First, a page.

United States District Court, E.D. California
ORDER DISMISSING COMPLAINT, WITH LEAVE TO AMEND, FOR
FAILURE TO STATE A COGNIZABLE CLAIM FOR RELIEF [ECF No.
Michael Washington is appearing pro se and in forma pauperis
in this civil rights action pursuant to 42 U.S.C. §
1983. Plaintiff consented to United States Magistrate Judge
jurisdiction, and Defendants declined jurisdiction;
therefore, this matter was referred to the undersigned
pursuant to 28 U.S.C. § 636(b)(1)(B) and Local Rule 302.
before the Court is Plaintiff's complaint, which was
removed from state court and filed in this Court on April 12,
Court is required to screen complaints brought by prisoners
seeking relief against a governmental entity or officer or
employee of a governmental entity. 28 U.S.C. § 1915A(a).
The Court must dismiss a complaint or portion thereof if the
prisoner has raised claims that are legally “frivolous
or malicious, ” that “fails to state a claim on
which relief may be granted, ” or that “seeks
monetary relief against a defendant who is immune from such
relief.” 28 U.S.C. § 1915(e)(2)(B).
complaint must contain “a short and plain statement of
the claim showing that the pleader is entitled to relief. . .
.” Fed.R.Civ.P. 8(a)(2). Detailed factual allegations
are not required, but “[t]hreadbare recitals of the
elements of a cause of action, supported by mere conclusory
statements, do not suffice.” Ashcroft v.
Iqbal, 556 U.S. 662, 678 (2009) (citing Bell
Atlantic Corp. v. Twombly, 550 U.S. 544, 555 (2007)).
Plaintiff must demonstrate that each named defendant
personally participated in the deprivation of his rights.
Iqbal, 556 U.S. at 676-677; Simmons v. Navajo
County, Ariz., 609 F.3d 1011, 1020-1021 (9th Cir. 2010).
proceeding pro se in civil rights actions are still entitled
to have their pleadings liberally construed and to have any
doubt resolved in their favor, but the pleading standard is
now higher, Wilhelm v. Rotman, 680 F.3d 1113, 1121
(9th Cir. 2012) (citations omitted), and to survive
screening, Plaintiff's claims must be facially plausible,
which requires sufficient factual detail to allow the Court
to reasonably infer that each named defendant is liable for
the misconduct alleged. Iqbal, 556 U.S. at 678-79;
Moss v. U.S. Secret Serv., 572 F.3d 962, 969 (9th
Cir. 2009). The “sheer possibility that a defendant has
acted unlawfully” is not sufficient, and “facts
that are ‘merely consistent with' a defendant's
liability” falls short of satisfying the plausibility
standard. Iqbal, 556 U.S. at 678; Moss, 572
F.3d at 969.
September 24, 2015, while Plaintiff was housed at Corcoran
State Prison, he allowed inmate Williams to watch
Plaintiff's RCA television due to a disagreement over the
dayroom television. Plaintiff asked inmate Williams to store
the television inside his locker once the football game was
over, and inmate Williams did so. However, Defendant
correctional officer Padilla went into the dorm and
confiscated Plaintiff's television from Williams, as
there was racial tension amongst African-American and
Hispanic inmates over the dayroom television. Plaintiff was
advised that inmate Perez told officer Padilla (who is
Hispanic) that Plaintiff's television was inside
Williams's locker. After Plaintiff's television was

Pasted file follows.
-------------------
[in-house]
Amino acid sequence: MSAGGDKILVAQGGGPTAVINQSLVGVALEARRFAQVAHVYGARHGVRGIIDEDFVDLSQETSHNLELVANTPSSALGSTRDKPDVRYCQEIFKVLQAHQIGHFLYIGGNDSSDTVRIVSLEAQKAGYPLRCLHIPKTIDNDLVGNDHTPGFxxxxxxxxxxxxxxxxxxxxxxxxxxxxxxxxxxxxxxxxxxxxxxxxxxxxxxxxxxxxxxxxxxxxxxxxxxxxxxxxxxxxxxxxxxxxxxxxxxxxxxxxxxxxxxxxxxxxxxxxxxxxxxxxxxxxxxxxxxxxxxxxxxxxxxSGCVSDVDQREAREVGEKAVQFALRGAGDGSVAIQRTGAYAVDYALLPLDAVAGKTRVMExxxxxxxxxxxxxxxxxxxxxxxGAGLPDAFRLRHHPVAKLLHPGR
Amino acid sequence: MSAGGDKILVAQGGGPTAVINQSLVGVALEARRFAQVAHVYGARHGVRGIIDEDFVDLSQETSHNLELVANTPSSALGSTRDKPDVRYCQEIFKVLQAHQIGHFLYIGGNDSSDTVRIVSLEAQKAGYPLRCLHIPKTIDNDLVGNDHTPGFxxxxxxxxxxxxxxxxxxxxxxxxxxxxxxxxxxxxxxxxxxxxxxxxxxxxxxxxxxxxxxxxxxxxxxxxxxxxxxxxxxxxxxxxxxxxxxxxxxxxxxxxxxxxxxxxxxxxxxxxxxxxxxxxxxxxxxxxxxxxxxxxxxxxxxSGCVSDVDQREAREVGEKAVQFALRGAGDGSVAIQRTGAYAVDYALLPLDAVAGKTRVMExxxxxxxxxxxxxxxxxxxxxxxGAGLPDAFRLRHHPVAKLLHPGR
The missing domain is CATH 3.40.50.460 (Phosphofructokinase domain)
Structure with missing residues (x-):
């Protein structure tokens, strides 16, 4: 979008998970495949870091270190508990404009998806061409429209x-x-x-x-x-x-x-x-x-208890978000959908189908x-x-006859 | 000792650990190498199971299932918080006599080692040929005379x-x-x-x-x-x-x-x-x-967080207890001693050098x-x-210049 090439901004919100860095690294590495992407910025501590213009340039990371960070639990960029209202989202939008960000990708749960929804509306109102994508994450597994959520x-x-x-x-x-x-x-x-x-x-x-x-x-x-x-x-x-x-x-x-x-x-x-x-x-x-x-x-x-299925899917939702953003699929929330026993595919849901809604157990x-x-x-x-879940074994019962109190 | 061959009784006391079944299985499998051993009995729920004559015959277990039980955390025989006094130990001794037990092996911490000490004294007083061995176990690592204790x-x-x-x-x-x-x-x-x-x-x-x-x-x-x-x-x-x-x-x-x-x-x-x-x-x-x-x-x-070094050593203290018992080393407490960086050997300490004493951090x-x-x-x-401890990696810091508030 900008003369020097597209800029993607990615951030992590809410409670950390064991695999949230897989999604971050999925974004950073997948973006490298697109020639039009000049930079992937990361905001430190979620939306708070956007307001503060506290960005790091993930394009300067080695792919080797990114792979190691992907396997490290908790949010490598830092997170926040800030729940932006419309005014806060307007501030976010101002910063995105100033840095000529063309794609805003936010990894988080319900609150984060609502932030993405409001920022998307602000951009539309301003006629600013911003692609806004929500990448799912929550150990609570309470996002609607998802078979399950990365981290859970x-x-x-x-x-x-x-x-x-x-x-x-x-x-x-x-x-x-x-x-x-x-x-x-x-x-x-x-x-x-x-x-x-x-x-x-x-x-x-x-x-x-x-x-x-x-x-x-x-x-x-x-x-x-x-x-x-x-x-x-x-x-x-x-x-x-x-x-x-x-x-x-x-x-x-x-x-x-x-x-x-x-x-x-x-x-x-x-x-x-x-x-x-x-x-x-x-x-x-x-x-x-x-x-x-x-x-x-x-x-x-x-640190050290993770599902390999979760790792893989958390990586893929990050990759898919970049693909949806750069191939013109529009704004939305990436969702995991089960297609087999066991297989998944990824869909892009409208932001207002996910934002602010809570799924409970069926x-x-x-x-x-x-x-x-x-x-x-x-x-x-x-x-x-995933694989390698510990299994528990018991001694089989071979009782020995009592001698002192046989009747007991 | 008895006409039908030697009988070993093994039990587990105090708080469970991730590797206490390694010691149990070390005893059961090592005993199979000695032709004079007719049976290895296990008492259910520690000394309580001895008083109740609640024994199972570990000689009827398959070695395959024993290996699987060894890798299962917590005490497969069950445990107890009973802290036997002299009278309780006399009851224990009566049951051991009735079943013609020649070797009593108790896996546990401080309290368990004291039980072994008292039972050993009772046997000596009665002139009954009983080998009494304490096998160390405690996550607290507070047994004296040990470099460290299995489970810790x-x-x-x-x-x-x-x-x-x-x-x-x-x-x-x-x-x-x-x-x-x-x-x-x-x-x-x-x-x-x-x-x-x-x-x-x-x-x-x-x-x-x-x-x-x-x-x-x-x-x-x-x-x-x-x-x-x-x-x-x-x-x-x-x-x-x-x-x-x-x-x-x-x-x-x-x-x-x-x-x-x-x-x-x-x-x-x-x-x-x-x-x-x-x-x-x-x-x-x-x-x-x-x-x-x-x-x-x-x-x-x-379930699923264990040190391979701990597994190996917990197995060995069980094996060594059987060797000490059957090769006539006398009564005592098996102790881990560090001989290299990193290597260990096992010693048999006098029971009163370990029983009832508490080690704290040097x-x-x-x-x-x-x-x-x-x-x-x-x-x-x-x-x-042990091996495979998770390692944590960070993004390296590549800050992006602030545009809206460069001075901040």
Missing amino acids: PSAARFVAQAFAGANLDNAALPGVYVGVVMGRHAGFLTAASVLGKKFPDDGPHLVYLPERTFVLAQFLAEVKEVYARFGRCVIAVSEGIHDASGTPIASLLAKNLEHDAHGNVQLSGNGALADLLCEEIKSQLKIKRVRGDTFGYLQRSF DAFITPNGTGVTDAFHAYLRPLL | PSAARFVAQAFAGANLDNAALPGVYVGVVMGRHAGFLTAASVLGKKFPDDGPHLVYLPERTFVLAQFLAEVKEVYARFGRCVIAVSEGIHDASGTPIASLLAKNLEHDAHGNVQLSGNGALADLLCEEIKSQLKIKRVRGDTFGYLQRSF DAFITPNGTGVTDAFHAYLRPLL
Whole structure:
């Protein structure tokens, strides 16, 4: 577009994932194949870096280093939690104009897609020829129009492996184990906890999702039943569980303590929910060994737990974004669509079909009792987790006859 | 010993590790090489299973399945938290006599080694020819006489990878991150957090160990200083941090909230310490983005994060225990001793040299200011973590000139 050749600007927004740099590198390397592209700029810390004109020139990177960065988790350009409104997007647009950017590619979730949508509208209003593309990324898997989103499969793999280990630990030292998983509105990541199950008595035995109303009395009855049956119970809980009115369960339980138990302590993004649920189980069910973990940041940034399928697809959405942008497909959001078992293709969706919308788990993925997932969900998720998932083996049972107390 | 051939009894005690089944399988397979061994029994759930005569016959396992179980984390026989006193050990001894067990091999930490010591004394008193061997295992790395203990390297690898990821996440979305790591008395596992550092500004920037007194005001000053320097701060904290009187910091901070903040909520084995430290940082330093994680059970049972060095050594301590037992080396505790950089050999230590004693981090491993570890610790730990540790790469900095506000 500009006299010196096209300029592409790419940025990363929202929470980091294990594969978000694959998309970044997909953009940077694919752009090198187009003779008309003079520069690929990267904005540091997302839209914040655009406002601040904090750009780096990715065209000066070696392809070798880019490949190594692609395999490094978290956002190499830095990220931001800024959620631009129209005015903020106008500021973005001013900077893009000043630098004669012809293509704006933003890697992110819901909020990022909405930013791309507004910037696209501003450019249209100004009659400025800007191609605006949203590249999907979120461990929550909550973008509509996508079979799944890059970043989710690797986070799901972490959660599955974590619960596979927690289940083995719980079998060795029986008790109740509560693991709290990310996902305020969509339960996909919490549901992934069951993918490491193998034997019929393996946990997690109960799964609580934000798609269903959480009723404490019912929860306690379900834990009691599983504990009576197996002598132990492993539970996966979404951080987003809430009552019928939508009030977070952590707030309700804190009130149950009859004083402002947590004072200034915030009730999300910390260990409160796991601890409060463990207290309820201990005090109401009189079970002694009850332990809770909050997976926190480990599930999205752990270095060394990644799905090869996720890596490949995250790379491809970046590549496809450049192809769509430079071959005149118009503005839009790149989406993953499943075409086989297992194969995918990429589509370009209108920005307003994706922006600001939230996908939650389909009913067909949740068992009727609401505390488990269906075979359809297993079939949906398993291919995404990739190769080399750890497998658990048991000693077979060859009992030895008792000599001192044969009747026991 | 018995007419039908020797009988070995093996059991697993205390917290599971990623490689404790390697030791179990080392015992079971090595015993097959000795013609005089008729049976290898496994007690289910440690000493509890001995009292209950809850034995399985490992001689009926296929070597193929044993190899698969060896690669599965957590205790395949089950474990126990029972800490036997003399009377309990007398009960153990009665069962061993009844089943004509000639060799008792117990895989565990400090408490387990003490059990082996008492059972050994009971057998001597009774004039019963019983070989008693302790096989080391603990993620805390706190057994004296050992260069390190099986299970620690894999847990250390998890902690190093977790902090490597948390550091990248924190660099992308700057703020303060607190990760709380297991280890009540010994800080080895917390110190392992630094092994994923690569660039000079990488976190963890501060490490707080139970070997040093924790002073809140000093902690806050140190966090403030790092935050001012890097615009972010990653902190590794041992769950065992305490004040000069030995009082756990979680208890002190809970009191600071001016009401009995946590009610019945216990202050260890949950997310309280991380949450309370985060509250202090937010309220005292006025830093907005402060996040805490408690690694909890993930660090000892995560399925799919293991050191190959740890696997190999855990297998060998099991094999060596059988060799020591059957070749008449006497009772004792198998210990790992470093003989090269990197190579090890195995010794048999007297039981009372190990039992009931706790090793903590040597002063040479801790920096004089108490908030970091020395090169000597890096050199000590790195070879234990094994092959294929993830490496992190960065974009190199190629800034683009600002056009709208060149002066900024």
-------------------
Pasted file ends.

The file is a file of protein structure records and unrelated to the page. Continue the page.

confiscated, Plaintiff approached Padilla with the receipts
for his television, and Padilla was unprofessional about the
matter. Padilla told Plaintiff to write him up because he was
not getting his television back.
September 26, 2013, Defendant sergeant J. Cicone, had
Plaintiff placed in administrative segregation based on
confidential information he received of a threat by Plaintiff
that he was going to kill Padilla if he did not return his
television. Plaintiff contends that because confidential
information was used against him, he was denied his rights
under the Sixth Amendment.
October 2, 2015, B. Phillips was assigned as Plaintiff's
investigative employee. Plaintiff spoke with Phillips about
the incident on September 26, 2015, and Plaintiff presented a
list of fourteen witnesses he wished for Phillips to
interview. However, Phillips refused to take the list of
October 8, 2015, Plaintiff received Phillips' report and
it indicated that Plaintiff did not request any witnesses and
was not in need of assistance at his disciplinary hearing.
Plaintiff requested a new investigator to be appointed and
postponement of the disciplinary hearing. However, Plaintiff
never received a response to his request.
October 18, 2015, Plaintiff signed a postponement and waiver
of the disciplinary hearing; however, the hearing proceeded
forward. Plaintiff was not allowed to have witness testimony
considered or present documentary evidence in support of his
defense. Plaintiff was found guilty of the rules violation
report and received a loss of sixty days good-time credits as
well as other privileges.
1, 2016, Plaintiff requested the findings of the rules
violation report and discovered that Dr. K. Geis indicated
that he conducted a psyche evaluation on Plaintiff. However,
Plaintiff contends that Dr. Geis never performed a psyche
evaluation on him between the months of March to November
2015. Plaintiff was not taking any psyche medication. After
Plaintiff was found guilty of the offense, he was placed on a
transportation bus, despite the fact that he was suffering
from mental health problems.